On April 24, 2013, The readwrite web site published an article by Brian Proffitt: The New API Gold Rush. We think this post is important. If APIs are re-emerging as a necessary feature of software product offers, then the “universal client” moniker for the web browser may be up for a challenge.
What’s driving market interest in APIs is the explosive growth of interest in small, smart mobile devices (SSMDs). Sure these devices provide buyers with lots of ways to use the Internet and multi-tenant cloud services. But the devices, themselves, are highly branded at the hardware and software levels. Therefore, vendors need to provide partners with APIs to port applications over to their platforms.
We think this trend will continue to build momentum over the near future. We also think it’s likely that the kind of highly individualized computing experience of the mid 1980s, when the market for PCs was in explosive growth mode, has already started to recur around SSMDs.
We’ve gained useful first hand experience with two of these devices: the WindowsPhone 8 (HTC 8X) and Samsung’s Galaxy Note 10.1. We can say, conclusively, with regard to the Galaxy Note 10.1, some of the important PlayStore Apps required a substantial rewrite to work. For example, we grappled for over a week simply to get the Wall Street Journal App working correctly on the tablet.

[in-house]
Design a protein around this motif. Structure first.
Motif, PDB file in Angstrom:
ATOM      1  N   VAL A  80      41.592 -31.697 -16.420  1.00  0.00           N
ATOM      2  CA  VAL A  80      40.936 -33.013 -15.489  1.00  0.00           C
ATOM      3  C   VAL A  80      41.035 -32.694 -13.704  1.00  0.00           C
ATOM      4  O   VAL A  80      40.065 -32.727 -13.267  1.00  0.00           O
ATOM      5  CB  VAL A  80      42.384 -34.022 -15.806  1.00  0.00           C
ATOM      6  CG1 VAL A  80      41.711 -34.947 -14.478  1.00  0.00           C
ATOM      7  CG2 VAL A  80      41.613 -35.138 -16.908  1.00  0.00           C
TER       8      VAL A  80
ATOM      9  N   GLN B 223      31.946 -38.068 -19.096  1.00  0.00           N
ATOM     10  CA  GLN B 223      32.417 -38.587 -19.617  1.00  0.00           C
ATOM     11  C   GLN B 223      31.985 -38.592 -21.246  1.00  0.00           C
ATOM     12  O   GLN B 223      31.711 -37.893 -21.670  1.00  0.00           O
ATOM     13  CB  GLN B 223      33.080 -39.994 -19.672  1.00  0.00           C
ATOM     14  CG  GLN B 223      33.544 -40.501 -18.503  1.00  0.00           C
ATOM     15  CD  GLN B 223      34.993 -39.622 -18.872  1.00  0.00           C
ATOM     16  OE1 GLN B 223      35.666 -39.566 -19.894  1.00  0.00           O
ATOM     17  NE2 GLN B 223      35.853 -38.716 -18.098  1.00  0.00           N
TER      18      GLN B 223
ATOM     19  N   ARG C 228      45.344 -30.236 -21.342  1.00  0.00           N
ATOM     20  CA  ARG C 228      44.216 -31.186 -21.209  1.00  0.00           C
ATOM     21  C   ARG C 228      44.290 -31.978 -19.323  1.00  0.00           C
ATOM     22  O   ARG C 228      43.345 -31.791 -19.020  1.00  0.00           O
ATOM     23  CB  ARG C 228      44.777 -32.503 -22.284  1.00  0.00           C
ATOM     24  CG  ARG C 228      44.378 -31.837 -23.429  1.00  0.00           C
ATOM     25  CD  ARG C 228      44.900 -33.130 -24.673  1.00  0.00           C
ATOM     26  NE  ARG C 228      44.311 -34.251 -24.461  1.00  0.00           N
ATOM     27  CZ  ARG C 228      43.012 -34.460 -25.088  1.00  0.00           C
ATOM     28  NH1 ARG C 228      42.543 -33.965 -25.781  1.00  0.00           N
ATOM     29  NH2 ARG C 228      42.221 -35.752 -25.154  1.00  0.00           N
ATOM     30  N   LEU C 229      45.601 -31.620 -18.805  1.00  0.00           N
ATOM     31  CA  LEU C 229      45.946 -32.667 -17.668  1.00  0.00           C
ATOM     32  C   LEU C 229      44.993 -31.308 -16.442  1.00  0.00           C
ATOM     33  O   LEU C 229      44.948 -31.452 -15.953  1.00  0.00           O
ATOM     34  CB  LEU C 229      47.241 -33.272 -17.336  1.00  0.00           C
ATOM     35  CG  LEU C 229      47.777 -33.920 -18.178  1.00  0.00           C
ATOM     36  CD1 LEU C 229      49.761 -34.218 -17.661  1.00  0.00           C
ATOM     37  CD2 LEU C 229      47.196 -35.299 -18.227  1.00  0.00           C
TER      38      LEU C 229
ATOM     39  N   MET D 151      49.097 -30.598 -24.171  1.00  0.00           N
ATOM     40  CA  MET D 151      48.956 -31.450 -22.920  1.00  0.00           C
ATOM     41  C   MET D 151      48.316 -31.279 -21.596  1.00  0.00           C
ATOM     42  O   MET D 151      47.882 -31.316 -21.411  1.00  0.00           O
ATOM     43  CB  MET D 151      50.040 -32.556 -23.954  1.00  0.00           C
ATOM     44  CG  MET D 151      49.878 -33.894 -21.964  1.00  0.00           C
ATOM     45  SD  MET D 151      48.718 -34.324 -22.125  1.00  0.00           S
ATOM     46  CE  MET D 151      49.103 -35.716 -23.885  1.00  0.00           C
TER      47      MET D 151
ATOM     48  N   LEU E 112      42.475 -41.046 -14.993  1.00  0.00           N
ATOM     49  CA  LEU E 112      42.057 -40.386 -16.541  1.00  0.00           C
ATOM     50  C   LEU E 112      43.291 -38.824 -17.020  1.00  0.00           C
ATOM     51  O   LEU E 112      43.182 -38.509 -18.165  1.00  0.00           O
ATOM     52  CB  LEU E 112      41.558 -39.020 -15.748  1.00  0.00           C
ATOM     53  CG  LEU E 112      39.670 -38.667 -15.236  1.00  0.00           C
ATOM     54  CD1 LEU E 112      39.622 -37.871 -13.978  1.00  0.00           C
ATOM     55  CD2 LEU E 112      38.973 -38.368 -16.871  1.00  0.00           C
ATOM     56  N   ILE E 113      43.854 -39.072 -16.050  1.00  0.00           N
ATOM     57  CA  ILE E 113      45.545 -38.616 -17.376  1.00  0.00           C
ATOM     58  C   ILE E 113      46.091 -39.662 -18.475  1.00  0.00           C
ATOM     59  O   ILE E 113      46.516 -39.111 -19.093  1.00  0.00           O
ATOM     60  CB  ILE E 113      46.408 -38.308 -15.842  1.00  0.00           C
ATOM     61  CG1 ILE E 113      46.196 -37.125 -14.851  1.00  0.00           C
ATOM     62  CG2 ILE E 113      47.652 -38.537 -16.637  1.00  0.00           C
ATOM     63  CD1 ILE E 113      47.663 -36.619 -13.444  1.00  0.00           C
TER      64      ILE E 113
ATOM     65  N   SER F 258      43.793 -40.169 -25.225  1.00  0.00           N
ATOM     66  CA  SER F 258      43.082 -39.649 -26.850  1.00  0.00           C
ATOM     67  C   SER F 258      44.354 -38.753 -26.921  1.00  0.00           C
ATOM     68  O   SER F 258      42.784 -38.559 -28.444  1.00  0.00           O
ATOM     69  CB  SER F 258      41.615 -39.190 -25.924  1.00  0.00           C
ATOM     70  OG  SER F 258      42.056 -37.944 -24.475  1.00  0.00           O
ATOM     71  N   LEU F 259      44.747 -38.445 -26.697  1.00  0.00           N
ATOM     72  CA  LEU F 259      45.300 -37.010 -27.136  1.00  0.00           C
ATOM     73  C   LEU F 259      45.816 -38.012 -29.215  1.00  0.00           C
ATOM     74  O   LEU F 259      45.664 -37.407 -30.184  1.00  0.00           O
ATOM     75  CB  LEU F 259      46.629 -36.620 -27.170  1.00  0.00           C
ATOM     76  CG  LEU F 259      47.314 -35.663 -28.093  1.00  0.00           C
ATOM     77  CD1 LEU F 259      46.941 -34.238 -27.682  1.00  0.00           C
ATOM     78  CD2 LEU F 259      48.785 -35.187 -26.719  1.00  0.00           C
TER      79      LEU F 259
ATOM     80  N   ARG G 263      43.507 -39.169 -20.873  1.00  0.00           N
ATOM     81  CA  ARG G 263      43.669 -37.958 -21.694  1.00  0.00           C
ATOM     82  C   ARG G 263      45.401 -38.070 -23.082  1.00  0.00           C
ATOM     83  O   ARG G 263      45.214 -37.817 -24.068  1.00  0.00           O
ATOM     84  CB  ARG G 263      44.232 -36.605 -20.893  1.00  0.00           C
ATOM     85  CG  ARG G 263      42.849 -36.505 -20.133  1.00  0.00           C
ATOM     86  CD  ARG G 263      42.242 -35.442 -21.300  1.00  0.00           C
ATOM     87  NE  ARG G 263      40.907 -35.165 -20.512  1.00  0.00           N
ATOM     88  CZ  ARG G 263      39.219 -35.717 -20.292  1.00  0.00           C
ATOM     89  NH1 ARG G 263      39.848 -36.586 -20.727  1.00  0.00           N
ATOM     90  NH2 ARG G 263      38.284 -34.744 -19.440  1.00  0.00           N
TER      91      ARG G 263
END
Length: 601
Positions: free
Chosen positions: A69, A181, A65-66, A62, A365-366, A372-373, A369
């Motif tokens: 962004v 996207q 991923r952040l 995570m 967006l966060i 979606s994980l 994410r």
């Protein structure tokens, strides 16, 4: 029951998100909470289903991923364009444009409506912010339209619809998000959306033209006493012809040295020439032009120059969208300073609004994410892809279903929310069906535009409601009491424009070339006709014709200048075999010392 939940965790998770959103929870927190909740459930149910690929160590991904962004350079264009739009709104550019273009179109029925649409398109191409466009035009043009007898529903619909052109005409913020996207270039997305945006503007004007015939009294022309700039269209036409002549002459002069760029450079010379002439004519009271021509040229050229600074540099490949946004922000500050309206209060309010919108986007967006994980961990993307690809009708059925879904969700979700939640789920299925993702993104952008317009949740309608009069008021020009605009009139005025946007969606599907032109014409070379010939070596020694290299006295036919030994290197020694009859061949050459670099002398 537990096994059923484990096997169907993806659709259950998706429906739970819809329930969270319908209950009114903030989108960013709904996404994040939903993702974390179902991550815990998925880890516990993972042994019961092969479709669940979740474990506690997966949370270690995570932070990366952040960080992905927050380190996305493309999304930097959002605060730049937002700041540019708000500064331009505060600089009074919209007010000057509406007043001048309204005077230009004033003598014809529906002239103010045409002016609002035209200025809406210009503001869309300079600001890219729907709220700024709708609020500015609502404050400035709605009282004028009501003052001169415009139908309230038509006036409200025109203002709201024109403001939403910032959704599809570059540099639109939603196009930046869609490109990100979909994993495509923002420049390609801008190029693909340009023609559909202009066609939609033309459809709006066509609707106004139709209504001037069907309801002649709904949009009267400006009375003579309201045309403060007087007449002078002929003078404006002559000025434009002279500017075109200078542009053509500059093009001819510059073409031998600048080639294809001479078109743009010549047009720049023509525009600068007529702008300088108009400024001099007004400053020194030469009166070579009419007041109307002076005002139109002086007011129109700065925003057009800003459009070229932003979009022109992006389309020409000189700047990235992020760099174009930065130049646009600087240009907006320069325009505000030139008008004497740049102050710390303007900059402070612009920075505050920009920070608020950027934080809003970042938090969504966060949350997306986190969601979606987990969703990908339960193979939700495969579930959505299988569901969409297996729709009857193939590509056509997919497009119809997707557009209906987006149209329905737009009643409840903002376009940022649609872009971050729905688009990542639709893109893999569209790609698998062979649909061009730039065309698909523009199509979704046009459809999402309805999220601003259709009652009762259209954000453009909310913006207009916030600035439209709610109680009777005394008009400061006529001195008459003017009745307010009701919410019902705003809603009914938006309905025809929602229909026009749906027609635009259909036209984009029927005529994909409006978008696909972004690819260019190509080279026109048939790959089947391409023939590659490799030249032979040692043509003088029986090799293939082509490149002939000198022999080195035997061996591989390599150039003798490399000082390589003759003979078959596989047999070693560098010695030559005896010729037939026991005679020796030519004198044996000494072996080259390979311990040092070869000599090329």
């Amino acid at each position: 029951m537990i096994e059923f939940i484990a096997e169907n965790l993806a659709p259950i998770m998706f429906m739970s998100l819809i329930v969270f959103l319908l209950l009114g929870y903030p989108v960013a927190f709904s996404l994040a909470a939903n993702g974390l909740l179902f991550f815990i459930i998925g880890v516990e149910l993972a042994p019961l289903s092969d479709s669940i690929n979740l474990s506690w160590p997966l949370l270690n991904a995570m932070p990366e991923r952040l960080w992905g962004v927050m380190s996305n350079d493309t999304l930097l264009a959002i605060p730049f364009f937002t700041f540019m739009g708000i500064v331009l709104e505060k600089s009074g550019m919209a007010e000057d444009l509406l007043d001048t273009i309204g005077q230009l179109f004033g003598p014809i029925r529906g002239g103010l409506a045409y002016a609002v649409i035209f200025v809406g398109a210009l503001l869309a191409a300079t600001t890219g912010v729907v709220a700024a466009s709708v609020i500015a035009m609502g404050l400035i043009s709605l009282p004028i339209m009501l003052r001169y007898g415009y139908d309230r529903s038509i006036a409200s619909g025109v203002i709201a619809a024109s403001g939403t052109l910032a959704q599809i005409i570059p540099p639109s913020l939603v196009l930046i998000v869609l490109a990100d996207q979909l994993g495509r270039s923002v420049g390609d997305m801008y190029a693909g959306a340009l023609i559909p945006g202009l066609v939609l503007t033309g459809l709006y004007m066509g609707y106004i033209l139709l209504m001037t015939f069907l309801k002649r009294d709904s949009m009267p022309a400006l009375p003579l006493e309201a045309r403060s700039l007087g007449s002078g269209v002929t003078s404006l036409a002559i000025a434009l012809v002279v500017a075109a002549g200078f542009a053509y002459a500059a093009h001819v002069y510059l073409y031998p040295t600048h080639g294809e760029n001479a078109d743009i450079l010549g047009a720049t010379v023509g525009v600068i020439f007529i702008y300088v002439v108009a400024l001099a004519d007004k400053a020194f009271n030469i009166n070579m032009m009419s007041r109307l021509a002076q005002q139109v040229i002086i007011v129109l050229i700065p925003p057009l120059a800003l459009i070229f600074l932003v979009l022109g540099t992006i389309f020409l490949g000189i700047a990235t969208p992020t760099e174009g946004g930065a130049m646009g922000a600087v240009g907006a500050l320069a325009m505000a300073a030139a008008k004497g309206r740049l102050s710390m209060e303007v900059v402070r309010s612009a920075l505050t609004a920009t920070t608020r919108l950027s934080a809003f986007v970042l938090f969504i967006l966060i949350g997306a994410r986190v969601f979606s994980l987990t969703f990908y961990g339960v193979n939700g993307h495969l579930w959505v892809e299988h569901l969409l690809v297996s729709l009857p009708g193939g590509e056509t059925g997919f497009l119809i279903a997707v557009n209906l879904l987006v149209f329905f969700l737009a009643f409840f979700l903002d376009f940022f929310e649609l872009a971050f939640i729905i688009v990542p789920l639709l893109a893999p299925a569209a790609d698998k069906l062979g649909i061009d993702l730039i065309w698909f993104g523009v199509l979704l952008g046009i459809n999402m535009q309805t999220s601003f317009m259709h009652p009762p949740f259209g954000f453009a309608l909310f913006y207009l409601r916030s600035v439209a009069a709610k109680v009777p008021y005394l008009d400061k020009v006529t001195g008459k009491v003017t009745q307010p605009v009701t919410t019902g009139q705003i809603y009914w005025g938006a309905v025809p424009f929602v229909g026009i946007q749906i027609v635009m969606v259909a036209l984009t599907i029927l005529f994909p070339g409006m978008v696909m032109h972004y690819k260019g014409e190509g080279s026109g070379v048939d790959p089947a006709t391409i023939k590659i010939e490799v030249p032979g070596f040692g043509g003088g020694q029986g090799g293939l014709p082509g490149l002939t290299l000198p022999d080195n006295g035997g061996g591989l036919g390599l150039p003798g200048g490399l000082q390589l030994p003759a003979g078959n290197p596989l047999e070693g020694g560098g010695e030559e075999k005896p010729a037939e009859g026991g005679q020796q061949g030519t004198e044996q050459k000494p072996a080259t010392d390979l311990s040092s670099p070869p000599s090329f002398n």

We also experienced a lot of issues when we attempted to use the Galaxy Note with a Bluetooth keyboard manufactured by Belkin. The keyboard communications issues not only impacted the usefulness, for us, of the entire device, but also the individual software components — meaning different browsers. Of course, browsers are the cornerstone of “universal client” computing. So when browsers aren’t working right with keyboards, then some important obstacles are at hand.
Brian Proffitt’s article reports on today’s hot market for APIs. We think this trend will continue.
© IMB Enterprises, Inc. & Ira Michael Blonder, 2013 All Rights Reserved